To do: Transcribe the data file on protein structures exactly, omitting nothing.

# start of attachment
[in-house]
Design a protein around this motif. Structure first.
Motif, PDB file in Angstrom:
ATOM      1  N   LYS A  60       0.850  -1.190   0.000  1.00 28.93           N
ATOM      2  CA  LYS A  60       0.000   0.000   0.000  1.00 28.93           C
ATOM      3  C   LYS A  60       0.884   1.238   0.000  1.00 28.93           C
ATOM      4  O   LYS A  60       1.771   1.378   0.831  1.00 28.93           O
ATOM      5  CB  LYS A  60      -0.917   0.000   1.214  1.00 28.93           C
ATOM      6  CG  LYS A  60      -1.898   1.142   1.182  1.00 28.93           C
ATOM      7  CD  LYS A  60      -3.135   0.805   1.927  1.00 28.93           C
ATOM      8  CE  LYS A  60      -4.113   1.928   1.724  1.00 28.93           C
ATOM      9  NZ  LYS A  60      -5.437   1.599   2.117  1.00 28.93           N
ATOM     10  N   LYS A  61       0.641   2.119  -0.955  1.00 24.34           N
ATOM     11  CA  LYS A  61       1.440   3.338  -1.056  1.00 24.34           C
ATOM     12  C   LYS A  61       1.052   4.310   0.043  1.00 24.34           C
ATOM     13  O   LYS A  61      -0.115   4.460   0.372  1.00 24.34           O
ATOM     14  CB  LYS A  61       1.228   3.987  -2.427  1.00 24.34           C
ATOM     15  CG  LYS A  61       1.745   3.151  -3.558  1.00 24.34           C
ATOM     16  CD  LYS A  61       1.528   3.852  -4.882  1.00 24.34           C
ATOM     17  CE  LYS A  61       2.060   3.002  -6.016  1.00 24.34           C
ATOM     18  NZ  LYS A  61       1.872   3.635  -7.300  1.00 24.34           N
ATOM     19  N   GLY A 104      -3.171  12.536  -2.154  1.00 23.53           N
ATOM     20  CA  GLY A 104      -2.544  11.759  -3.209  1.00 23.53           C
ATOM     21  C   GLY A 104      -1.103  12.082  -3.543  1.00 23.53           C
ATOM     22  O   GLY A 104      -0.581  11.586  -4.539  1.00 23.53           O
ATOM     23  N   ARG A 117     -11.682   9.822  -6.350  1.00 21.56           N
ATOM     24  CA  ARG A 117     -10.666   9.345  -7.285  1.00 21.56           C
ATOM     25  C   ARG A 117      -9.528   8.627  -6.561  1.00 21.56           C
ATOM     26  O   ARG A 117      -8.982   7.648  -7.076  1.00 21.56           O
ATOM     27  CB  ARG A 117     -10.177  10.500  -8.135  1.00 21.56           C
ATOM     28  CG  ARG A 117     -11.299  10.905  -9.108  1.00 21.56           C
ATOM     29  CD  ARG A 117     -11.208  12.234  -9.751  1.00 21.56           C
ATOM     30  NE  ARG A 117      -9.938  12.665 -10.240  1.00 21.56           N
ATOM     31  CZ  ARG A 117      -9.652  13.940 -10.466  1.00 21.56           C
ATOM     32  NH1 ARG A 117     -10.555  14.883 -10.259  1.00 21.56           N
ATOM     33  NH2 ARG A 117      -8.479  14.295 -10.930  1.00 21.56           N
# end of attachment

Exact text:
[in-house]
Design a protein around this motif. Structure first.
Motif, PDB file in Angstrom:
ATOM      1  N   LYS A  60       0.850  -1.190   0.000  1.00 28.93           N
ATOM      2  CA  LYS A  60       0.000   0.000   0.000  1.00 28.93           C
ATOM      3  C   LYS A  60       0.884   1.238   0.000  1.00 28.93           C
ATOM      4  O   LYS A  60       1.771   1.378   0.831  1.00 28.93           O
ATOM      5  CB  LYS A  60      -0.917   0.000   1.214  1.00 28.93           C
ATOM      6  CG  LYS A  60      -1.898   1.142   1.182  1.00 28.93           C
ATOM      7  CD  LYS A  60      -3.135   0.805   1.927  1.00 28.93           C
ATOM      8  CE  LYS A  60      -4.113   1.928   1.724  1.00 28.93           C
ATOM      9  NZ  LYS A  60      -5.437   1.599   2.117  1.00 28.93           N
ATOM     10  N   LYS A  61       0.641   2.119  -0.955  1.00 24.34           N
ATOM     11  CA  LYS A  61       1.440   3.338  -1.056  1.00 24.34           C
ATOM     12  C   LYS A  61       1.052   4.310   0.043  1.00 24.34           C
ATOM     13  O   LYS A  61      -0.115   4.460   0.372  1.00 24.34           O
ATOM     14  CB  LYS A  61       1.228   3.987  -2.427  1.00 24.34           C
ATOM     15  CG  LYS A  61       1.745   3.151  -3.558  1.00 24.34           C
ATOM     16  CD  LYS A  61       1.528   3.852  -4.882  1.00 24.34           C
ATOM     17  CE  LYS A  61       2.060   3.002  -6.016  1.00 24.34           C
ATOM     18  NZ  LYS A  61       1.872   3.635  -7.300  1.00 24.34           N
ATOM     19  N   GLY A 104      -3.171  12.536  -2.154  1.00 23.53           N
ATOM     20  CA  GLY A 104      -2.544  11.759  -3.209  1.00 23.53           C
ATOM     21  C   GLY A 104      -1.103  12.082  -3.543  1.00 23.53           C
ATOM     22  O   GLY A 104      -0.581  11.586  -4.539  1.00 23.53           O
ATOM     23  N   ARG A 117     -11.682   9.822  -6.350  1.00 21.56           N
ATOM     24  CA  ARG A 117     -10.666   9.345  -7.285  1.00 21.56           C
ATOM     25  C   ARG A 117      -9.528   8.627  -6.561  1.00 21.56           C
ATOM     26  O   ARG A 117      -8.982   7.648  -7.076  1.00 21.56           O
ATOM     27  CB  ARG A 117     -10.177  10.500  -8.135  1.00 21.56           C
ATOM     28  CG  ARG A 117     -11.299  10.905  -9.108  1.00 21.56           C
ATOM     29  CD  ARG A 117     -11.208  12.234  -9.751  1.00 21.56           C
ATOM     30  NE  ARG A 117      -9.938  12.665 -10.240  1.00 21.56           N
ATOM     31  CZ  ARG A 117      -9.652  13.940 -10.466  1.00 21.56           C
ATOM     32  NH1 ARG A 117     -10.555  14.883 -10.259  1.00 21.56           N
ATOM     33  NH2 ARG A 117      -8.479  14.295 -10.930  1.00 21.56           N